VA Angels’ CEO Randy Thompson writes a column for the Calgary Herald. Here is one of the articles.
July 19, 2013. 4:44 pm • Section: Business, Opinion, Technology, Technology
I’ve been asked a lot recently about why an Angel or Private Equity (PE) portfolio is so binary. Unlike the public markets, it is truly a one or the other outcome with regard to returns; in the private markets you win or you lose. Previously I discussed ways that private investors can mitigate the risk reward continuum, but on average returns are either great, or not so great.
Some of you have seen the “VC Math” before. This portfolio approach is becoming common for angels as well. The math works like this:
Invest in 10-12 companies
- 2-4 give you between 3x and 10x return on your invested capital
- 4-6 remain as companies, but don’t provide substantial return
- 2-4 completely burnout and no return happens
In this scenario, after all your investing expenses (finding deals, legal, accounting, due diligence, etc.) two to four deals carry the entire weight of the ten original deals. To give you a reference, when I was in telecom policy the government had a term called cross subsidization, which was a fancy way of saying that cities paid more so the rural areas could have the same service level. “VC Math” is a form of deal cross subsidization.
If private investors want to start to realize better returns, they are going to be found in the middle part of a portfolio with the companies we un-affectionately refer to as zombie companies. Zombie companies are great for the founder and the staff as they pay their bills, are either slightly profitable, or more likely, break even on aggregate over a number of years. Furthermore, the founder gets to tell all of his friends about his successful company and how he/she has been running it for X number of years. The problem for the investor is that this cute little entity would not operate if the investor was to take their initial capital out, let alone any dividends or profits. And every year that this happens is another year that affects the return on investment (ROI). As an example, I just forced a return in a company that I’d been invested in for eight years. The company was living off of investor capital, and recently asked the founding investors if they would escrow their shares (i.e. promise not to sell their stock) for another six years so that the company could raise more capital. In other words, we were asked to wait 13 years before we MIGHT see a liquidity event, but the founder salary remained intact. You can appreciate why the investor group said no.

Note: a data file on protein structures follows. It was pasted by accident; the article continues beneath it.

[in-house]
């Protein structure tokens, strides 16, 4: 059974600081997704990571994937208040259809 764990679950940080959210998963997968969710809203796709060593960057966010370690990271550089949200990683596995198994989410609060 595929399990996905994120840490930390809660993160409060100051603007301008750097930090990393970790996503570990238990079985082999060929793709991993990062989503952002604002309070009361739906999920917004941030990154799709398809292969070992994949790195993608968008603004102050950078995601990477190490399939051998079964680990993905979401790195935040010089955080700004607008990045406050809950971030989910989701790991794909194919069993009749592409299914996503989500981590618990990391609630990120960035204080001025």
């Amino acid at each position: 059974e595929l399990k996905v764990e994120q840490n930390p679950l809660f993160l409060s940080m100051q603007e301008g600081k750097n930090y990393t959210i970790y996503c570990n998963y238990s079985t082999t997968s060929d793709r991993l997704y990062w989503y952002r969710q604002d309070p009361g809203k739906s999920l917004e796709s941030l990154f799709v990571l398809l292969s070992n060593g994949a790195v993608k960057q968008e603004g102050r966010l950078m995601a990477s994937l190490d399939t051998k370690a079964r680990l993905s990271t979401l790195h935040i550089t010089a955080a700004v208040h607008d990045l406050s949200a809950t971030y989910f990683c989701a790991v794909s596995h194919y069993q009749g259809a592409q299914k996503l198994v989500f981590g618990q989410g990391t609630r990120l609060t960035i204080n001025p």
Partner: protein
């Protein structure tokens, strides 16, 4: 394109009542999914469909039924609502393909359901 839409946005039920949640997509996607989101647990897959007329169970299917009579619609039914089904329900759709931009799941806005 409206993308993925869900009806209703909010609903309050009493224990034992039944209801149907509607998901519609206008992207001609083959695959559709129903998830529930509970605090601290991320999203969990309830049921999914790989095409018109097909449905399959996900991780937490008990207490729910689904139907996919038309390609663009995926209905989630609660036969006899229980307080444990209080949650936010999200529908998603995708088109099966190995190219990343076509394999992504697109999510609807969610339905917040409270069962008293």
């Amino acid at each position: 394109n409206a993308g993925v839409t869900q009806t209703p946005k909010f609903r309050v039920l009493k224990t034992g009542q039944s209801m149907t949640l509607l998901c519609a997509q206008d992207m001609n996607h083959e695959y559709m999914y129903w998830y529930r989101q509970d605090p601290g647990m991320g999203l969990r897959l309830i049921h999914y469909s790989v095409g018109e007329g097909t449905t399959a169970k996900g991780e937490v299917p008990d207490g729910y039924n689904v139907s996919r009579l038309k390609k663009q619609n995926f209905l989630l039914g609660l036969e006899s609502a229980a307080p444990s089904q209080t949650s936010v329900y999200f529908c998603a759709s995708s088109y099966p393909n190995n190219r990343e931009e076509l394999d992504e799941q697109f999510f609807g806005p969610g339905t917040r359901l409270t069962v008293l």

There are two major issues that come up if you happen to be fundraising as well as running a breakeven but VC funded business. First, when you try to raise money as a breakeven company and investors don’t see the opportunity for a lift, you will be left scratching your head as to why your profitable company can’t raise any capital. It’s probably because investors see you landing in the middle section of their portfolio. It’s the reason the VC community will frequently attempt to “kill the zombies” as early as possible in the deal-flow continuum by either cutting off their capital source or trying to sell-off the company as early as possible. The hope in doing this is that they can drive a sense of urgency into the break-even company and ideally the zombie will drive towards an investor friendly conclusion at a faster pace. But more often than not, a zombie’s end point is pre-determined.
The other unfortunate outcome of the “ rise of the zombie” is that investors add clauses into Term Sheets to motivate companies to look after their investors ahead of the founders and employees. Some of the clauses you will see include:
- Tying founder compensation to revenues,
- Tying investor dividends to gross revenue numbers
- Creating debentures with interest that are not tied to revenue or compensation
- Creating a Preferred Share structure where the founder is forced to repurchase the shares
The reality is none of these clauses matter when the company is moving towards a bitter finish, but they do help when the company is caught between success and failure. When a company does actually fail the investor at least can write-off the investment, use a tax loss strategy or other types of compensatory strategies made possible by the lawyers, accountants, and governments to protect the investor class.
As an entrepreneur, the information I outlined above is why you will be encouraged to succeed or fail as quickly as possible. There is no upside for anyone other than you if you are hanging around without a payout. Of course the way to avoid being a zombie would be to avoid the investor game completely. Build a solid company on cash flow and your own capital. But, if you do need to use other people’s money- understand why you are being pushed to get that return as quickly as possible. And truthfully, as the founder, you make far more money as a shareholder than you do as an employee.
Besides, nobody likes zombies, except in movies…
The Problem with Zombies _ Calgary Herald – PDF Version of the article